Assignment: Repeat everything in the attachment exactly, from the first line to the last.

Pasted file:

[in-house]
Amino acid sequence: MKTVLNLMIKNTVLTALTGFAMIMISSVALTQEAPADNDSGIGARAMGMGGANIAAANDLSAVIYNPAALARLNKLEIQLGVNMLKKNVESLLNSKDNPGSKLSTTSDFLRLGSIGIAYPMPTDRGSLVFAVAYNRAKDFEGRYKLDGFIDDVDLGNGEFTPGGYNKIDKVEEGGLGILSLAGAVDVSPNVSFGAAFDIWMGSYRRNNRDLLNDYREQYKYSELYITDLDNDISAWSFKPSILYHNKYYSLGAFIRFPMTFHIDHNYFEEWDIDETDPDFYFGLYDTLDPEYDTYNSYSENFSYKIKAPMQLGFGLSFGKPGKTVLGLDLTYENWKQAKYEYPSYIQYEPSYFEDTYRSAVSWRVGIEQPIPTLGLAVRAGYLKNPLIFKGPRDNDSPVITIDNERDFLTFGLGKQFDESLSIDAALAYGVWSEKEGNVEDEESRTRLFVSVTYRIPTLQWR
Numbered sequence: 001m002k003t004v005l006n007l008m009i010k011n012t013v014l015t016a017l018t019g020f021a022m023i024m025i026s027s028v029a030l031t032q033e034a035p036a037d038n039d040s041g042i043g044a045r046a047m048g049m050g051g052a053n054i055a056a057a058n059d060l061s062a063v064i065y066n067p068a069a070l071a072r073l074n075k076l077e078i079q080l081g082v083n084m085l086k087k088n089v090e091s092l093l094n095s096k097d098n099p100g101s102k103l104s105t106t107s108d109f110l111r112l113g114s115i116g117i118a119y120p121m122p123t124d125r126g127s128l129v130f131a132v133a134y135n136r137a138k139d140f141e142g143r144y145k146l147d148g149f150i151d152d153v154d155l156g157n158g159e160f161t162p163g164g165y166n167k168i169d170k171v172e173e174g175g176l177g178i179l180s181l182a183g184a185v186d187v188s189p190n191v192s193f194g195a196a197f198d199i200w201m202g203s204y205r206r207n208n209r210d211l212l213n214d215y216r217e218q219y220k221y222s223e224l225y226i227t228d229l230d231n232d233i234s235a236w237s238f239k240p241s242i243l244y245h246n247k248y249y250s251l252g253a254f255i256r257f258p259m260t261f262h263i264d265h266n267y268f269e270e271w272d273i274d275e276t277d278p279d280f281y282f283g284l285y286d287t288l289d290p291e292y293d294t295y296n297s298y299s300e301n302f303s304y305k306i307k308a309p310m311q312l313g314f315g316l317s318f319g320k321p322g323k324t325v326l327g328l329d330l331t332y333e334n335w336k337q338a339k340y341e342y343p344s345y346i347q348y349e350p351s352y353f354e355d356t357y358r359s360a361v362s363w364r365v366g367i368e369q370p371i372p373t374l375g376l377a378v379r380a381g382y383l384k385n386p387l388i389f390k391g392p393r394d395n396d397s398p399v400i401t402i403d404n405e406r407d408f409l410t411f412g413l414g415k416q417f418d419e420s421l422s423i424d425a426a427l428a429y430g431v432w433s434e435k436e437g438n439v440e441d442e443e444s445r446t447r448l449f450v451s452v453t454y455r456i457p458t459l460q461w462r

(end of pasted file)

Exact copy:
[in-house]
Amino acid sequence: MKTVLNLMIKNTVLTALTGFAMIMISSVALTQEAPADNDSGIGARAMGMGGANIAAANDLSAVIYNPAALARLNKLEIQLGVNMLKKNVESLLNSKDNPGSKLSTTSDFLRLGSIGIAYPMPTDRGSLVFAVAYNRAKDFEGRYKLDGFIDDVDLGNGEFTPGGYNKIDKVEEGGLGILSLAGAVDVSPNVSFGAAFDIWMGSYRRNNRDLLNDYREQYKYSELYITDLDNDISAWSFKPSILYHNKYYSLGAFIRFPMTFHIDHNYFEEWDIDETDPDFYFGLYDTLDPEYDTYNSYSENFSYKIKAPMQLGFGLSFGKPGKTVLGLDLTYENWKQAKYEYPSYIQYEPSYFEDTYRSAVSWRVGIEQPIPTLGLAVRAGYLKNPLIFKGPRDNDSPVITIDNERDFLTFGLGKQFDESLSIDAALAYGVWSEKEGNVEDEESRTRLFVSVTYRIPTLQWR
Numbered sequence: 001m002k003t004v005l006n007l008m009i010k011n012t013v014l015t016a017l018t019g020f021a022m023i024m025i026s027s028v029a030l031t032q033e034a035p036a037d038n039d040s041g042i043g044a045r046a047m048g049m050g051g052a053n054i055a056a057a058n059d060l061s062a063v064i065y066n067p068a069a070l071a072r073l074n075k076l077e078i079q080l081g082v083n084m085l086k087k088n089v090e091s092l093l094n095s096k097d098n099p100g101s102k103l104s105t106t107s108d109f110l111r112l113g114s115i116g117i118a119y120p121m122p123t124d125r126g127s128l129v130f131a132v133a134y135n136r137a138k139d140f141e142g143r144y145k146l147d148g149f150i151d152d153v154d155l156g157n158g159e160f161t162p163g164g165y166n167k168i169d170k171v172e173e174g175g176l177g178i179l180s181l182a183g184a185v186d187v188s189p190n191v192s193f194g195a196a197f198d199i200w201m202g203s204y205r206r207n208n209r210d211l212l213n214d215y216r217e218q219y220k221y222s223e224l225y226i227t228d229l230d231n232d233i234s235a236w237s238f239k240p241s242i243l244y245h246n247k248y249y250s251l252g253a254f255i256r257f258p259m260t261f262h263i264d265h266n267y268f269e270e271w272d273i274d275e276t277d278p279d280f281y282f283g284l285y286d287t288l289d290p291e292y293d294t295y296n297s298y299s300e301n302f303s304y305k306i307k308a309p310m311q312l313g314f315g316l317s318f319g320k321p322g323k324t325v326l327g328l329d330l331t332y333e334n335w336k337q338a339k340y341e342y343p344s345y346i347q348y349e350p351s352y353f354e355d356t357y358r359s360a361v362s363w364r365v366g367i368e369q370p371i372p373t374l375g376l377a378v379r380a381g382y383l384k385n386p387l388i389f390k391g392p393r394d395n396d397s398p399v400i401t402i403d404n405e406r407d408f409l410t411f412g413l414g415k416q417f418d419e420s421l422s423i424d425a426a427l428a429y430g431v432w433s434e435k436e437g438n439v440e441d442e443e444s445r446t447r448l449f450v451s452v453t454y455r456i457p458t459l460q461w462r